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Top 5 Materials for Installing Herringbone Tiles

Top 5 Materials for Installing Herringbone Tiles

There are traditional and non-traditional techniques for flooring buildings and installing different materials. The non-traditional flooring installation method is known as Parquetry. And it is capable of creating particular interest and unique dimensions in a way that does not distract from other design aspects in the space. The herringbone tiles pattern has a long and rich history, but it has become one of the most prominent choices. 

This article focuses on some materials that could be made into the herringbone pattern. But first, we need to describe what the herringbone tiles pattern really is and its unique features.

What are Herringbone Tiles?

The name herringbone was derived from the arrangement of the bones of a particular fish known as the herring. The dynamics of these fish bones, with their captivating feature, add to the fish’s lifestyle. And as for home interior design, this pattern is fascinating to behold in its zig-zag form. It may look like the chevron when installing these tiles on the floor, but there are still stark differences. 

Herringbone tiles patterns were first used during the Roman Empire as one of the prominent flooring patterns on the stone. Afterward, it became more famous for interior design, and designers can now adapt it to many variations. Meanwhile, the stone material was in use well until the 1700s. By then, the designers started replicating the pattern for smaller tiles throughout the entire European region before it got to Australia, and the rest was history.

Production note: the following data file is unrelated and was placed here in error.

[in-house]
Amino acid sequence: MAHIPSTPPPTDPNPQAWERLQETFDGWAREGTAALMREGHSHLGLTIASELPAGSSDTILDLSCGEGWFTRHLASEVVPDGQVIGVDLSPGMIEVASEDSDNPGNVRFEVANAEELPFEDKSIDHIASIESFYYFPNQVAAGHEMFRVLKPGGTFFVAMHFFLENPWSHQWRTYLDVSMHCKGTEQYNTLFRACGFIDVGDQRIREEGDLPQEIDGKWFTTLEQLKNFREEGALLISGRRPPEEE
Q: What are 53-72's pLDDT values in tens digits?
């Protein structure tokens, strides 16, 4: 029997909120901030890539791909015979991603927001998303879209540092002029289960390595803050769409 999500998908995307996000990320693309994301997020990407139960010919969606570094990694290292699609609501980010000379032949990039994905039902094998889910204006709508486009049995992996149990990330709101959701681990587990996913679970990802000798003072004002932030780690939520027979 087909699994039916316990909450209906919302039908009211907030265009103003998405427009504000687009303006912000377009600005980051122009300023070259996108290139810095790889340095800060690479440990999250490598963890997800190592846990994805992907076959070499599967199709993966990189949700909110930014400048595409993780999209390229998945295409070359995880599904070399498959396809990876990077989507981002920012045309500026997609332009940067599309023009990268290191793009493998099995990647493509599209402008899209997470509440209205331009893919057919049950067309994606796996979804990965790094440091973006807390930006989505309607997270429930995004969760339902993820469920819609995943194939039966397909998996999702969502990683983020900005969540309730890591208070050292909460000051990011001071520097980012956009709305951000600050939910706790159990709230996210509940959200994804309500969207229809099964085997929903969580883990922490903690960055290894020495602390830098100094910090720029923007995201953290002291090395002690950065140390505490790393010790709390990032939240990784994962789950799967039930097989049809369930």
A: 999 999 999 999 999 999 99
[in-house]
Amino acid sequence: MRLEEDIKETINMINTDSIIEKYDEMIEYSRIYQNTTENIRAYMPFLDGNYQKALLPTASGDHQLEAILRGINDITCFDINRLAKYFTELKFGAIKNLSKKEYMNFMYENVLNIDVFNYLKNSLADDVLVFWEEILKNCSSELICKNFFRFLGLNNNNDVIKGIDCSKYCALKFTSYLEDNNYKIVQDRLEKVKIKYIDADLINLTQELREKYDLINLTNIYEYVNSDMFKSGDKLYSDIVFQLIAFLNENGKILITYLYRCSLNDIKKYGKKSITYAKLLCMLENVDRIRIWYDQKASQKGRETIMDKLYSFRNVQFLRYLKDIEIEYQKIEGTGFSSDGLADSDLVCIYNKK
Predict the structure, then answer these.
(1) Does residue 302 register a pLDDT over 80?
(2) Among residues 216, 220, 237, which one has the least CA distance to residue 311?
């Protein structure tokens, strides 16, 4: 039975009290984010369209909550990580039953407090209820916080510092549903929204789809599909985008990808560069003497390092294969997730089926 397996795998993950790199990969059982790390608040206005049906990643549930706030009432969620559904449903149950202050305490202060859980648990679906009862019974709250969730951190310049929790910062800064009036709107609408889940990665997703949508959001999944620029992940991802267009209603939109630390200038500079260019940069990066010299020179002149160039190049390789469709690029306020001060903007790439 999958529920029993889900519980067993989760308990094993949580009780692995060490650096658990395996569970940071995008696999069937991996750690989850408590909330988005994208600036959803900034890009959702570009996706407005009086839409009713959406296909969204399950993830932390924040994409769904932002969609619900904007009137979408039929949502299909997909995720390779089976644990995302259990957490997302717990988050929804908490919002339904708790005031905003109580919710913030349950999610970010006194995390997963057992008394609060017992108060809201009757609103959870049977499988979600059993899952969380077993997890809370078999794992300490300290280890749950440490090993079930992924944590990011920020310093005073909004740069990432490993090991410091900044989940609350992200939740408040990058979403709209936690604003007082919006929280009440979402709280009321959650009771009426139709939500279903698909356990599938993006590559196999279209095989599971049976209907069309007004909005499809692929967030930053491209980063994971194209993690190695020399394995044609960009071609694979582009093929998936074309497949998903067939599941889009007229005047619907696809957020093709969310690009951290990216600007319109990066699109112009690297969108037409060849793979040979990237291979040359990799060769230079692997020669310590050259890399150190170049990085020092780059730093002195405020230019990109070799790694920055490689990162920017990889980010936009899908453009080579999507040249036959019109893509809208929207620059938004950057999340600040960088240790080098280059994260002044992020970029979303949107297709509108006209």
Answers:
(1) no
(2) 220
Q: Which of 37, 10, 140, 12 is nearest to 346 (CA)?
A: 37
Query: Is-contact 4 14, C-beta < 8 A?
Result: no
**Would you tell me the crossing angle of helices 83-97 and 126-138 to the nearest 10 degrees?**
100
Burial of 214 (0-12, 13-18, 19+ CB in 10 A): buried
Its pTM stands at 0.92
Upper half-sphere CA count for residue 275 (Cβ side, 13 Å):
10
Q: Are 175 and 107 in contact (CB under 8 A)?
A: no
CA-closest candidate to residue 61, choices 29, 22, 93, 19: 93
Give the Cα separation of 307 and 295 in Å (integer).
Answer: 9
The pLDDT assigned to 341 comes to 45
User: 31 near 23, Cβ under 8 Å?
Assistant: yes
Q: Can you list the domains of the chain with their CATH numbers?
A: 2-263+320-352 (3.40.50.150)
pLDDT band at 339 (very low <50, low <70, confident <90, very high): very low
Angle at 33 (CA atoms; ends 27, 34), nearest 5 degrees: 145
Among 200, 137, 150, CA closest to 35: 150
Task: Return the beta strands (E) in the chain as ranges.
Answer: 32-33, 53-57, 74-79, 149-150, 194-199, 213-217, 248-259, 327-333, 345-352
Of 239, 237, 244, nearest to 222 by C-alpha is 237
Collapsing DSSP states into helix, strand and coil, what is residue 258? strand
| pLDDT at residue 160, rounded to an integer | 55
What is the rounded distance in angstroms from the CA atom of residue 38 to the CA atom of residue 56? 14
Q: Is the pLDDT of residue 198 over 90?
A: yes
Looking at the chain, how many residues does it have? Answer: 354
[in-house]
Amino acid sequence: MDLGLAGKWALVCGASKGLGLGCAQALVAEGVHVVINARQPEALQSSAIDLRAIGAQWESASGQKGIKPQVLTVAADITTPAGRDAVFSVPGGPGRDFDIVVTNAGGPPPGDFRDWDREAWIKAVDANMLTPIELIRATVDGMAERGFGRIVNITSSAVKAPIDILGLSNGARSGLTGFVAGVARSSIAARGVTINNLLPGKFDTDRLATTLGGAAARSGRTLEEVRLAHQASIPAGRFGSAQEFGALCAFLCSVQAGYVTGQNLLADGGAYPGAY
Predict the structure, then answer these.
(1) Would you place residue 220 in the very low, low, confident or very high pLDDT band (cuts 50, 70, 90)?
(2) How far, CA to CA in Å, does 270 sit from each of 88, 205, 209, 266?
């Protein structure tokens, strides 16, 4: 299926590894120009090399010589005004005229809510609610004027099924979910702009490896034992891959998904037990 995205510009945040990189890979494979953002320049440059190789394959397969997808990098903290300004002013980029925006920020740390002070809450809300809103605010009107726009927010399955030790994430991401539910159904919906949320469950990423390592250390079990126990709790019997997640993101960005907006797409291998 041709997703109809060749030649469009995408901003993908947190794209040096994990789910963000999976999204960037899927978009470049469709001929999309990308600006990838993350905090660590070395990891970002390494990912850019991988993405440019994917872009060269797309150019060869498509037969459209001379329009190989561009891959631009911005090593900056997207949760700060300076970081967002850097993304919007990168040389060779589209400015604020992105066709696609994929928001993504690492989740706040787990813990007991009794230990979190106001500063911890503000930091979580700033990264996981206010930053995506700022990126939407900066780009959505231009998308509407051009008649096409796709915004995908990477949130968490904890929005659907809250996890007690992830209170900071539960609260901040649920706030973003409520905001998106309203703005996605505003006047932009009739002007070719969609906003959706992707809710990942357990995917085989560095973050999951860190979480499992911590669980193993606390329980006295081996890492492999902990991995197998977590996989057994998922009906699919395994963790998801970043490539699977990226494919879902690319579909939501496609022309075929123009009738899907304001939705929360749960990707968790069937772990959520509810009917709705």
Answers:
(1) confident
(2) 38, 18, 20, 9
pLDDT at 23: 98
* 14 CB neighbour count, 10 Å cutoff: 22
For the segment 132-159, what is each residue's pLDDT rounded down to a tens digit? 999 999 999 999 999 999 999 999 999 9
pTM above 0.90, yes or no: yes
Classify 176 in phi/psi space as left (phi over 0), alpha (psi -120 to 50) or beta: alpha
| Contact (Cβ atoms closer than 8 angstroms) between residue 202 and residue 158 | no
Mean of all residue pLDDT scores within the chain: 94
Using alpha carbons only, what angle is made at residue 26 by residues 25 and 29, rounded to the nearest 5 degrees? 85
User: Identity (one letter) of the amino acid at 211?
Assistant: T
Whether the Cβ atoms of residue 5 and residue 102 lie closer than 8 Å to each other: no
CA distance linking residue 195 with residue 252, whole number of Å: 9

Materials for Herringbone Tiles Layout

As we consider the application of herringbone tiles for Parquetry, we need to discuss some of the materials that could work for this pattern. Some of the options we will be discussing include solid wood, prefinished wood, unfinished hardwood, strand-woven bamboo, natural stone, luxury vinyl, and of course, ceramic tile. 

  1. Prefinished Hardwood

The prefinished hardwood can come as solid planks or engineered planks that have been partially processed before being brought to the site. Frequently, they are also pre-sanded and finished in the factory. At the same time, the flooring process into the herringbone pattern that involves this material is more affordable than other processes involving wood. 

Although, the reason is that part of the process has been done in the preliminary stages. However, it can be more expensive than synthetic materials like laminated wood or vinyl. The truth is that the many wooden materials you see out there are made from prefinished wood. That is why many people like to refer to it as natural wood. 

Moreover, it can also come with a wide range of species and grain levels with finishes. It can also be installed with a glue-down method where you first apply an adhesive below each tile to hold them in place. After laying all the tiles, you can use the grout when done. This technique makes it easier to achieve the desired herringbone pattern. 

  1. Unfinished Hardwood

Suppose you choose to keep a traditional theme in your home connected to ancestral richness. In that case, you should consider unfinished hardwood. This material is well usable for the herringbone pattern in place of the tiles. And with this kind of flooring, solid wood can work perfectly into planks, and then you can smoothen the surface.